Creating and measuring linked tactics

Creating and measuring linked tactics

Most people in communications and marketing are already performing simple linked tactics. The idea is to become conscious of these tactics and to try to accelerate performance by adjusting and tweaking the timing of them. For my dermatologist clients, for example, I know if I send an email to patients and follow up about a week later with information on the monitors in the offices, I get a pretty strong result. I also know that although the monitor information is there, I also need signage in the office to appear at about the same time. I’ve examined and tested the timing of email, monitor and posters  to understand how I can achieve the best result with the least effort and money.

As I mentioned in the previous post on linked tactics, posting earned placements on social media is something communications people do every day. If you haven’t already, start looking at the timing of your social media posts to determine engagement. Now see if you can add something to boost your results. I’ve begun to get really serious about Pinterest and Reddit when I’ve seen the boost they can give to website traffic. I also know the timing to use – how soon after the initial post, time of day and day – that gives me the best results.

© Wany0003 |

© Wany0003 |

Direct marketers have been using landing pages for a long time. QR codes were a great hope, but haven’t really worked much however other promotional codes seem to still work well. I like those that are branded and include a bit of messaging as well. (As a side note, you can include a bit of branding with unique shorteners, another micro tactic that works well for me.)

Don’t ever underestimate the power of traditional and online tactics combined. They provide some of the best results I’ve gotten for my clients. Another example of this are combining print ads with online channels. Print ads have become more of a “boost” mechanism for me and less of a direct draw. In fact, we’ve reduced the spend on print ads by half for one of my clients, and still increased our results. That’s because the print ads are now supporting many of the content marketing and digital tactics we’re using. The lesson there is that for this client, traditional tactics have become the “boost.” Not the primary vehicle for messaging. (Don’t forget, we do a recap of a great IMC campaign every month. This is a great place to find examples of linked tactics. The BJP Party campaign, for example, linked a lot of bleeding edge stuff with traditional media. )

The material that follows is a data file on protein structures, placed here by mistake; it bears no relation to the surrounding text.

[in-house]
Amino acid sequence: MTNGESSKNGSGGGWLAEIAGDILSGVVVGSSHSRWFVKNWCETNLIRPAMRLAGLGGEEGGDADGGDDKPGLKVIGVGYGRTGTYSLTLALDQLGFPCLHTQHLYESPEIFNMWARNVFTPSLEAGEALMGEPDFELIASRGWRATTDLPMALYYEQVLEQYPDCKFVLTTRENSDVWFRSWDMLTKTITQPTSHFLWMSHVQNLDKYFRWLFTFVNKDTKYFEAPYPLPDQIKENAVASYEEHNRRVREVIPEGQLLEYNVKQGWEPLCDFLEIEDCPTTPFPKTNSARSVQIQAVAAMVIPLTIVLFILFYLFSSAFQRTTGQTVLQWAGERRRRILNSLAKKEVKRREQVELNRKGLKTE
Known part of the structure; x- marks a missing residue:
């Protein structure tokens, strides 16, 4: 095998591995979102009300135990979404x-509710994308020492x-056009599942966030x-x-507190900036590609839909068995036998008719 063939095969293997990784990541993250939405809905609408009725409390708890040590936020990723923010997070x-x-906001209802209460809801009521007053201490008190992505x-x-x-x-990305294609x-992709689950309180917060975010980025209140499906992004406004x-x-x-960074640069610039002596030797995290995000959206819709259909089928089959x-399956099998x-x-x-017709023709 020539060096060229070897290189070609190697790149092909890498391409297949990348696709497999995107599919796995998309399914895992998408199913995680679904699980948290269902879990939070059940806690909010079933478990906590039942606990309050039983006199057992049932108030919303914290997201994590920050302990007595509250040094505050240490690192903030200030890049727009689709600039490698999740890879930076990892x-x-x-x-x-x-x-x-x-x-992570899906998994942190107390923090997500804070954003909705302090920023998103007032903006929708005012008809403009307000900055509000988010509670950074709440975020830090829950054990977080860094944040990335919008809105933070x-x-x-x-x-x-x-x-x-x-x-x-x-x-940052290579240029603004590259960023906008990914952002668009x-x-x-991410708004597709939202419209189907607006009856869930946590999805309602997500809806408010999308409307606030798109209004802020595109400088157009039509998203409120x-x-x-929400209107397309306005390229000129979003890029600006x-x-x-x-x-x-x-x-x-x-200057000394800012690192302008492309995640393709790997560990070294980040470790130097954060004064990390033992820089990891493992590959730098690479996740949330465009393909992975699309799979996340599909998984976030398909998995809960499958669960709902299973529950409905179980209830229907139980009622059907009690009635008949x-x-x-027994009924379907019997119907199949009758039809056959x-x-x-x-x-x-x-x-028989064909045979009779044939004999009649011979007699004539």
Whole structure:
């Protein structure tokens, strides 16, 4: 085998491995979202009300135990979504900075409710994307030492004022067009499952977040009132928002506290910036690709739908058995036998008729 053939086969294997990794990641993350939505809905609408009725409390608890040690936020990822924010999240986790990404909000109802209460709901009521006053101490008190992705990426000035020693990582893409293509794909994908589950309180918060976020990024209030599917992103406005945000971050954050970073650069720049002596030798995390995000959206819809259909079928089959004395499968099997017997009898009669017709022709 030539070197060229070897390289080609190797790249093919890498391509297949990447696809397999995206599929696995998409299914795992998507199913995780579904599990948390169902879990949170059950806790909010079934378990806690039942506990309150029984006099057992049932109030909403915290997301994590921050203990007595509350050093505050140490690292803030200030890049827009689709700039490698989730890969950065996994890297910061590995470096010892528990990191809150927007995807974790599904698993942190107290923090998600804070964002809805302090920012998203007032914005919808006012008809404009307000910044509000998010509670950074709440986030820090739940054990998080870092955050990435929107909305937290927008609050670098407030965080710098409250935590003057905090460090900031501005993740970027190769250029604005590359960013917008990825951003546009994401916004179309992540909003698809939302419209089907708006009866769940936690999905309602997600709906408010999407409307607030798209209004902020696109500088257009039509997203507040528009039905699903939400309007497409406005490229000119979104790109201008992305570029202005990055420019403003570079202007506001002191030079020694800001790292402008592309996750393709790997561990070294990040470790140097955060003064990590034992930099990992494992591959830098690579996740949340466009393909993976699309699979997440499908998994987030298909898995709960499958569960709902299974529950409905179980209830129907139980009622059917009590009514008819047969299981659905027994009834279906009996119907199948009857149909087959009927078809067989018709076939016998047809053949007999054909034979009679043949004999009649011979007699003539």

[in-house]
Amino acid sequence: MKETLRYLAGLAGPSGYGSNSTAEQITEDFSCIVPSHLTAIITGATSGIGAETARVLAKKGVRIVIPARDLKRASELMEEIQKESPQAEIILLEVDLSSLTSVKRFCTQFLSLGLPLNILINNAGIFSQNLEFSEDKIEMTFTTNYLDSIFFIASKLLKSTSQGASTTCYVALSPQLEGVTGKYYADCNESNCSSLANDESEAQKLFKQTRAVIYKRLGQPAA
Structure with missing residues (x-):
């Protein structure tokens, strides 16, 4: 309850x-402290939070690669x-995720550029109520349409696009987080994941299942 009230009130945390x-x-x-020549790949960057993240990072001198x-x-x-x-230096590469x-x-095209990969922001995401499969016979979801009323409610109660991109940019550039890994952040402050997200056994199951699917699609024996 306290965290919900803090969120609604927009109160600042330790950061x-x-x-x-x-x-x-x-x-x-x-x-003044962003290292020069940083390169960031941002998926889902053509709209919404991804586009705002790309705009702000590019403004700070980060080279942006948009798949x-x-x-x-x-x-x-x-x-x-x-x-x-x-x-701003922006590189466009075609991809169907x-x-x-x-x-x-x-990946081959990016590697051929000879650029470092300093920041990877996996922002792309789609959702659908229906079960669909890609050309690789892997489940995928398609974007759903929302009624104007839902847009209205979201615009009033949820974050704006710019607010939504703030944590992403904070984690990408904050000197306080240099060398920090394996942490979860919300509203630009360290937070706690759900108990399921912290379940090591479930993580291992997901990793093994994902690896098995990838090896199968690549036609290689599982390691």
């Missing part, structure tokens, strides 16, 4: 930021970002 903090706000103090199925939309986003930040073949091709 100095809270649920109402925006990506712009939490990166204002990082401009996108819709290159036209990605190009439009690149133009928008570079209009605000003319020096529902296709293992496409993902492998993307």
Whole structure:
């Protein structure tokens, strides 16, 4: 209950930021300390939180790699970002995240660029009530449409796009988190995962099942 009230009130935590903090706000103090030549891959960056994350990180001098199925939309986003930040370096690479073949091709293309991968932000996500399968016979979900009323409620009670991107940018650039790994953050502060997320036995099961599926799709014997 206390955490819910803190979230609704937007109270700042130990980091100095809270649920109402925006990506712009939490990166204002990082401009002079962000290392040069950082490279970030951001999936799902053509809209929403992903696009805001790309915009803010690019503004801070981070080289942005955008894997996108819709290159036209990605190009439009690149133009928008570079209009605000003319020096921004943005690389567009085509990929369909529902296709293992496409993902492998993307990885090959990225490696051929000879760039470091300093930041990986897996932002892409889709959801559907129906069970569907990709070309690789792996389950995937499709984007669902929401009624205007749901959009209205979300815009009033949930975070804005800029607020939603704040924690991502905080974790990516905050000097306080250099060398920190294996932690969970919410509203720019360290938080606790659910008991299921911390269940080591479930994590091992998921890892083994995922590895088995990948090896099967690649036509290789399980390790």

Finally, we need to measure our objectives at the end of the campaign of course, but there are many ways to measure how your tactics are responding on an iterative basis. I measure some things monthly, some weekly and some even daily. It really depends on the scope of the project and the channels I’m working in. The idea is the shorter the project, the more frequently you need to measure your tactics. You also should measure more frequently if you’re newer to IMC. You should also measure more frequently when you’re newer to the brand or industry, and you’re not sure what works. Eventually you’ll start to build the “tried and true” combinations of linked tactics that become part of your toolkit.

Social media engagement is a great way to practice. Remember that we’re always measuring linked tactics. Take time this week to look at 2 or 3 social media accounts. Change up the times that you post, or even add a third social media account to your normal sharing schedule (again, try Reddit and Pinterest.) Then measure the engagement by number of comments, post views, or anything that you’re working on at the moment. Make a goal of perhaps doing this kind of review once a week. You want to find the linked tactics that are best for your brand, and improve them so you can have your own IMC toolkit. You can boost results this way, quite easily.

One last thing I always look for are unplanned messages. These are the messages that are echoed by our audience without prodding. You begin to see unplanned messages in earned media (maybe an influencer acting as an expert echoes a talking point, for example) when IMC is working well. You also see it in spades in social media. “Crush it” the term promoted by Gary Vaynerchuk is a great example of that. One of my clients created a video last week, in which they mentioned using linked tactics. In a recent presentation for them on IMC I mentioned linked tactics – still a relatively new term – so I’m taking credit for this unplanned message. Yay me.

The main thing is to have fun. Build a list of possible tactics, both traditional and online. Play around with linking tactics. Try some outrageous things that you “know” will never work, just to practice measurement. Be conscious of what you’re doing. You’ll find your results are growing. It’s impossible for them not to.





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